Clinicians can now prescribe NHS apps free to patients

NHS clinicians can now prescribe apps from the NHS Apps Library free to patients thanks to a new platform.

The AppScript platform has been made publicly available to NHS clinicians by data science research company IQVIA.

The launch follows the recent IQVIA Institute for Human Data Science report which showed that digital health apps have the potential to improve patient outcomes and save the UK healthcare system £2 billion every year.

AppScript was made available to a number of beta testing sites including six GP surgeries and five pharmacies. When clinicians used it to prescribe digital patient engagement tools to patients, they found that patients engaged 41% of the time.

The use of apps by NHS clinicians could make practices more efficient and effect at supporting patient health goals. Repeat prescription apps and telemedicine apps could help GPs reduce unnecessary administrative patient visits.

“Digital Health apps create a unique opportunity for NHS clinicians to encourage patients to change behaviours well after they leave the GP surgery or pharmacy. However, selecting and prescribing the apps most likely to provide patient care benefits has traditionally been a challenge. Our AppScript pilots showed that discussing and prescribing apps with patients was relatively simple. IQVIA’s AppScript solution is providing a needed public service by enabling NHS clinicians to get started prescribing NHS Apps Library apps for free.” said Professor Paul Wallace, clinical director digital, South London HIN and UCL Emeritus Professor of Primary Care.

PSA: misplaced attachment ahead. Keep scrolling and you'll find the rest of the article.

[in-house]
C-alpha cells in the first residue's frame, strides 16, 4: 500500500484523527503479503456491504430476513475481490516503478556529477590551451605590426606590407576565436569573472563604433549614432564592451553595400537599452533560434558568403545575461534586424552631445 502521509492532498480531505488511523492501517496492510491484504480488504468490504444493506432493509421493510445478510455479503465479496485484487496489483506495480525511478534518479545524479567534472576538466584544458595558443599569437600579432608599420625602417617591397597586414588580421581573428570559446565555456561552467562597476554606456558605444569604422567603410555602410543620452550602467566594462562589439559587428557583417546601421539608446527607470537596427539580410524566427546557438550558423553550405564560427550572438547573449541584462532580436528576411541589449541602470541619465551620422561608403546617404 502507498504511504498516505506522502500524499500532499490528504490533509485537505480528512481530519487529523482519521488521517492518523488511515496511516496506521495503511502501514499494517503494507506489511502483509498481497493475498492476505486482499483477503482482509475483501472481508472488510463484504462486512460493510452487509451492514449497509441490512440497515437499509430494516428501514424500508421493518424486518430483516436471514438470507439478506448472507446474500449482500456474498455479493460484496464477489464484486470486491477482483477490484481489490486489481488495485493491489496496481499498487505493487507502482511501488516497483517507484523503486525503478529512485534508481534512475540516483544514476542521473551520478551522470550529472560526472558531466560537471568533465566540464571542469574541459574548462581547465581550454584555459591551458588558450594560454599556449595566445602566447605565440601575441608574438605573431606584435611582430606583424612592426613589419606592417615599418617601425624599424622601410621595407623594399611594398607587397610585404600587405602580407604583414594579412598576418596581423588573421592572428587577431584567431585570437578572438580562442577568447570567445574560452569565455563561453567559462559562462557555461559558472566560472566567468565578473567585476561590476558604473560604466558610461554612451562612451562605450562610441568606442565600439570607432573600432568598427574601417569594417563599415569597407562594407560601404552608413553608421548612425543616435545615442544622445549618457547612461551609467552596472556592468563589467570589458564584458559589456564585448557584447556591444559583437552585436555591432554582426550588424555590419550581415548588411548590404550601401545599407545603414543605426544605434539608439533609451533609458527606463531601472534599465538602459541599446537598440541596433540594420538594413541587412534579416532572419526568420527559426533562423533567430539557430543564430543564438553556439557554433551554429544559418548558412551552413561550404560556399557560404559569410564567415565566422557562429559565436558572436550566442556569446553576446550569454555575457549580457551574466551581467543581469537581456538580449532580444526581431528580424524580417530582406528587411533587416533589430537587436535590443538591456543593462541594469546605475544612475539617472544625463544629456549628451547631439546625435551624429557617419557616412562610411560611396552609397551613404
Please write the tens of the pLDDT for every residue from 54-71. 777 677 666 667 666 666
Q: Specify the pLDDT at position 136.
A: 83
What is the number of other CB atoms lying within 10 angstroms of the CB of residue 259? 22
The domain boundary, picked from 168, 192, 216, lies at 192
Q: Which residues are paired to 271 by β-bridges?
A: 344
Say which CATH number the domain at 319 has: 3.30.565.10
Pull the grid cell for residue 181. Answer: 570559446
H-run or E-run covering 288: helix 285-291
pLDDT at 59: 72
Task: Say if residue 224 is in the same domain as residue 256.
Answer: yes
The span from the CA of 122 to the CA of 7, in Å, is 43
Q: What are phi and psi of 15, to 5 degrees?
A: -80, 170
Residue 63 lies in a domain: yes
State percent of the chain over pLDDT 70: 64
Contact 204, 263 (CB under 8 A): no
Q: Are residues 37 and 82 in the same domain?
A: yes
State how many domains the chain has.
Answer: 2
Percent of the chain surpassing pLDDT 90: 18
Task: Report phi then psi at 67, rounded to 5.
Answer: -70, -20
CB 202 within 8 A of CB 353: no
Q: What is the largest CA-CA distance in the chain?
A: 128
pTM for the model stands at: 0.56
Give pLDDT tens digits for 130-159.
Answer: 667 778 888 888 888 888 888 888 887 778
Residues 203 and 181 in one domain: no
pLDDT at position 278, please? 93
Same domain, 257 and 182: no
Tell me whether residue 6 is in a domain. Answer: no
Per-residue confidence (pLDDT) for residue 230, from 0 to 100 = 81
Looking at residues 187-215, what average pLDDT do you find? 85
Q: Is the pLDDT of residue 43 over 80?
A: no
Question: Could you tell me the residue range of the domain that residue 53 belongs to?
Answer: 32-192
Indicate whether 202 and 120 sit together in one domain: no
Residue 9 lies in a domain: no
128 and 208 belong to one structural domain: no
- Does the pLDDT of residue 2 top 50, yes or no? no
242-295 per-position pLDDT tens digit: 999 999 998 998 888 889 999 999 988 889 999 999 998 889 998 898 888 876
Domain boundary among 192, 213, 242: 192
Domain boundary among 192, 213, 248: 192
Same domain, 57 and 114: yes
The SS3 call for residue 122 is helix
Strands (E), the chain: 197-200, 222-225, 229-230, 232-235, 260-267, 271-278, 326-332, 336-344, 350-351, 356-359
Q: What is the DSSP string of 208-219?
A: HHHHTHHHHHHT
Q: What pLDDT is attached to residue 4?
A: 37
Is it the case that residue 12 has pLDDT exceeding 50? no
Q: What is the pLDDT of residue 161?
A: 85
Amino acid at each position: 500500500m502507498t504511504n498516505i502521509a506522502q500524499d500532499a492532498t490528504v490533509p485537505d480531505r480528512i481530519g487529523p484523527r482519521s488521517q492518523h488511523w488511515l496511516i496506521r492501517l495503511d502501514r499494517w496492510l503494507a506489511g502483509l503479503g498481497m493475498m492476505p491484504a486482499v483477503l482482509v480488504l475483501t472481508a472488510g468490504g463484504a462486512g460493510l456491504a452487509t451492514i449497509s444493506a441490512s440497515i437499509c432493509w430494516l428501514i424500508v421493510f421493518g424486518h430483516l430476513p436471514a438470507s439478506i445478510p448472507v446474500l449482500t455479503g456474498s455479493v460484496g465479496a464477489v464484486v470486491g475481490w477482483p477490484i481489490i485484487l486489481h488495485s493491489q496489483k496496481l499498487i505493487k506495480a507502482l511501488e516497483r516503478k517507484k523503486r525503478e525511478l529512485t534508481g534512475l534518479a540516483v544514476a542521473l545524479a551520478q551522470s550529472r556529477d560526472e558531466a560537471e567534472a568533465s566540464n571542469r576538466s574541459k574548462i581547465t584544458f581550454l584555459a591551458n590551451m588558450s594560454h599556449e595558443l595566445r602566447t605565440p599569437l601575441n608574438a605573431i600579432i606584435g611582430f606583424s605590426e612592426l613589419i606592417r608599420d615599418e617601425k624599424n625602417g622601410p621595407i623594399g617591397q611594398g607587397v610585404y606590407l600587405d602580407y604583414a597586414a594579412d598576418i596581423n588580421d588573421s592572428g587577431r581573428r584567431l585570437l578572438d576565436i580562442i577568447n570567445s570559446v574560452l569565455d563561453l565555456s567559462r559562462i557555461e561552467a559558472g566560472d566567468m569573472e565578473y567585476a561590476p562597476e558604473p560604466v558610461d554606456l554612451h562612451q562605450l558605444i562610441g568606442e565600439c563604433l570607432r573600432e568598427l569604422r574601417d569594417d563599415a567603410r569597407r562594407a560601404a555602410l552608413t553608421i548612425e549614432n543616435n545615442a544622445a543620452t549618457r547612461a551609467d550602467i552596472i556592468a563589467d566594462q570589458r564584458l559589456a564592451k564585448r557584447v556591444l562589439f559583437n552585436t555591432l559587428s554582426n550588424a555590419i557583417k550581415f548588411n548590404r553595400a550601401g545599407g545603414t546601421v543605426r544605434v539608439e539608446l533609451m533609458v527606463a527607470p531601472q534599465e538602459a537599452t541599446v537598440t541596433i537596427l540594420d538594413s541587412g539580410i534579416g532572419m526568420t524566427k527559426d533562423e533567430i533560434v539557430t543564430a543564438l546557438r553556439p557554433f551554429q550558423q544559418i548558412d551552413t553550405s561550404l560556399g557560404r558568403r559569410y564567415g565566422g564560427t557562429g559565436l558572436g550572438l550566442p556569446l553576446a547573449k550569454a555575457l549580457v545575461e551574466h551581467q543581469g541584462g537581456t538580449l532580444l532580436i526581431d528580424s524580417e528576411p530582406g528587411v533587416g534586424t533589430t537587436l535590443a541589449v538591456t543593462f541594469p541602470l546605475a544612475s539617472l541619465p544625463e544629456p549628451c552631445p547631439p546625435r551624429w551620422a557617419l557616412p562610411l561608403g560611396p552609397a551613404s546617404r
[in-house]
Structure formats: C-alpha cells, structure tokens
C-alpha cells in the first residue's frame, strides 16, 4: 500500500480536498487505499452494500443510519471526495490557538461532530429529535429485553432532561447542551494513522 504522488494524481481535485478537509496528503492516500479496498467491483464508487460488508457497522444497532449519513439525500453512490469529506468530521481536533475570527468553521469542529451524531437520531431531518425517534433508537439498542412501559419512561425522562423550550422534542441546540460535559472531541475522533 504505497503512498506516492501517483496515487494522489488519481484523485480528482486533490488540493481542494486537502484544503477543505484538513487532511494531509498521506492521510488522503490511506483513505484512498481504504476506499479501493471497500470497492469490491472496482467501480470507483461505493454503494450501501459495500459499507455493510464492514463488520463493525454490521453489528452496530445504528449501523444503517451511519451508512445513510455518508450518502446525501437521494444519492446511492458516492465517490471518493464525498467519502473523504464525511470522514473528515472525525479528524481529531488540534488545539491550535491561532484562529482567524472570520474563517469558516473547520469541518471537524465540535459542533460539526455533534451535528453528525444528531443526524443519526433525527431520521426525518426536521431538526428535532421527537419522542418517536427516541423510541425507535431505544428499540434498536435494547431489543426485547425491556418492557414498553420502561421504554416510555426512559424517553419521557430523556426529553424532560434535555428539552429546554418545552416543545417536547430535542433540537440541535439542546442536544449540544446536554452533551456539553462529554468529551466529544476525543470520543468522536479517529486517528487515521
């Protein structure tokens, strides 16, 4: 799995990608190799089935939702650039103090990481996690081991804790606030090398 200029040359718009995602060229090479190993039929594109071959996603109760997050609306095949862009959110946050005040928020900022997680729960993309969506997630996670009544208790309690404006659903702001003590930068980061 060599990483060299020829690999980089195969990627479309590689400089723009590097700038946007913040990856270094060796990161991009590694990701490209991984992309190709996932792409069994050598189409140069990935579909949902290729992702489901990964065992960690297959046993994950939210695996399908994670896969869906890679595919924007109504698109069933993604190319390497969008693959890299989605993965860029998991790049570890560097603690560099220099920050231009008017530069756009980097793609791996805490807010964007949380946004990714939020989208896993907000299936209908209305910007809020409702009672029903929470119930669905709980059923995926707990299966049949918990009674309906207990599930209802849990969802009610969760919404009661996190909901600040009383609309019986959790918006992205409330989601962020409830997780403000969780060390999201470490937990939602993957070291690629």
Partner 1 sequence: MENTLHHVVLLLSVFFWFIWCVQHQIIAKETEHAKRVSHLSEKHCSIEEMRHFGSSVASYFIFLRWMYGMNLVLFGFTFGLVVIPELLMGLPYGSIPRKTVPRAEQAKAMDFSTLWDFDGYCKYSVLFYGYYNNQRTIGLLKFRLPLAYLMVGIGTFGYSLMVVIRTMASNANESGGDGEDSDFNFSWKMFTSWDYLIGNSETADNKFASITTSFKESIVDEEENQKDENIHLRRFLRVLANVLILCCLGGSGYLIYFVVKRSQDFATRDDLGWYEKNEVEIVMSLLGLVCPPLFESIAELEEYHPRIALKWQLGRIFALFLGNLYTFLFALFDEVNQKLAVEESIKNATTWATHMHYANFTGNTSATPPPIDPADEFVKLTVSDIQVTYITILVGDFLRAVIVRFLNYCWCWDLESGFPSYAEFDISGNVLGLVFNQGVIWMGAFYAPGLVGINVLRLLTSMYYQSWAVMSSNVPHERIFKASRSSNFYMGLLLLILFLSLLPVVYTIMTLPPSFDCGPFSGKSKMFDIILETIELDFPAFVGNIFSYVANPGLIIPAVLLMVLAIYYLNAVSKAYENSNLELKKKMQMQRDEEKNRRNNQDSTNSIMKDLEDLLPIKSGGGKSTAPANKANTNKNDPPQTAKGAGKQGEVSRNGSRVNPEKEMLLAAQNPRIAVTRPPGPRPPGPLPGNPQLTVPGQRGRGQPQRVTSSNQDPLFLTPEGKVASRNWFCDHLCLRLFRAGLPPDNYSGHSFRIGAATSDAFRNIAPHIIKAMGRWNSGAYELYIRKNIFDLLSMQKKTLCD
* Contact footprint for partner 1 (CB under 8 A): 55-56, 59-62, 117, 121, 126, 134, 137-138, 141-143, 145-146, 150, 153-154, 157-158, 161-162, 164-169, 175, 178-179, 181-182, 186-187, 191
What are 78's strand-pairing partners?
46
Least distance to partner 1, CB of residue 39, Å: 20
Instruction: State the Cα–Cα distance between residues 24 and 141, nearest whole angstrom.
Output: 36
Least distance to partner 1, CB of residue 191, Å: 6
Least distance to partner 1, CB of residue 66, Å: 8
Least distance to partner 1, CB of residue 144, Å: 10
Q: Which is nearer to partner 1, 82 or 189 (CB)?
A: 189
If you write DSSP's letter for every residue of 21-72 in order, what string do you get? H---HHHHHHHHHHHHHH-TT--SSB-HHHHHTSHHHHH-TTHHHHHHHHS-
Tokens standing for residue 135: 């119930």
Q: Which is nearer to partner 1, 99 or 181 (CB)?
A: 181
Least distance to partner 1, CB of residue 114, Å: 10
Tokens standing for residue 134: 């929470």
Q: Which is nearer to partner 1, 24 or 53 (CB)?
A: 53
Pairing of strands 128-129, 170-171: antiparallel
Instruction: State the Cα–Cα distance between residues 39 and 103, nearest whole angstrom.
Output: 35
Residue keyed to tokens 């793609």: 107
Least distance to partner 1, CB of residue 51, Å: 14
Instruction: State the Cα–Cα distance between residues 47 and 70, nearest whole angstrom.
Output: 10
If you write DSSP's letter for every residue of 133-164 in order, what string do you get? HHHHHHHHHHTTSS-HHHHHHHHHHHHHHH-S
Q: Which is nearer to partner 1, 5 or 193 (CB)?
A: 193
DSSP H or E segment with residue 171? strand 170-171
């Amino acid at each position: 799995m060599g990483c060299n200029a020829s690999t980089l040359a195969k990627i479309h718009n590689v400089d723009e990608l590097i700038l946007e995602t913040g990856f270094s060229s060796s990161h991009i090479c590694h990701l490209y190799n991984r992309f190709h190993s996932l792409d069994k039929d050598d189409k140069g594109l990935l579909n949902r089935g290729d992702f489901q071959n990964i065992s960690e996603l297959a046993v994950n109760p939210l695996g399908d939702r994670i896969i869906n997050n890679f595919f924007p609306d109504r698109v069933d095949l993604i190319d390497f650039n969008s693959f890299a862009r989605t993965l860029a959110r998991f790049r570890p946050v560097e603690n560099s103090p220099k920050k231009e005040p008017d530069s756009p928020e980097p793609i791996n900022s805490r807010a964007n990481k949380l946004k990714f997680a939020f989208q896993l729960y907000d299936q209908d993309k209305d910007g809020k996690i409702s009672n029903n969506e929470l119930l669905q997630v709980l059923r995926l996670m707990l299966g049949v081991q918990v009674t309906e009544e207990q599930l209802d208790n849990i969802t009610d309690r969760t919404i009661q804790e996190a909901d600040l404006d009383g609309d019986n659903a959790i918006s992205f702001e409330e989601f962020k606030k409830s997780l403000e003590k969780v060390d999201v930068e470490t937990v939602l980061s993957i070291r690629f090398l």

Paul Chatterton, regional deputy superintendent pharmacist at Weldrick Pharmacy said: “Our vision for a digital pharmacy includes the proactive engagement of patients by pharmacy staff, often by providing valuable digital patient engagement tools, such as apps and educational content. AppScript is a valuable tool that helps our staff members learn about and ultimately prescribe leading apps, such as repeat prescription apps which aid patients in self-management and furthers our vision. The patient engagement has been remarkable, with 48% of patients downloading prescribed apps.”

Tim Sheppard, general manager, Northern Europe, IQVIA, said: “Our AppScript pilots have shown the groundswell of interest NHS clinicians and patients have in digital health. The public launch of AppScript represents a major step forward in our comprehensive strategy for progressing the vision of digital patient engagement across the United Kingdom.”


Reece Armstrong is a reporter for Digital Health Age. Coming from the North East of England, Reece has an MA in Media & Journalism and a BA in Popular & Contemporary Music from Newcastle University. Reach him on Twitter or email via:

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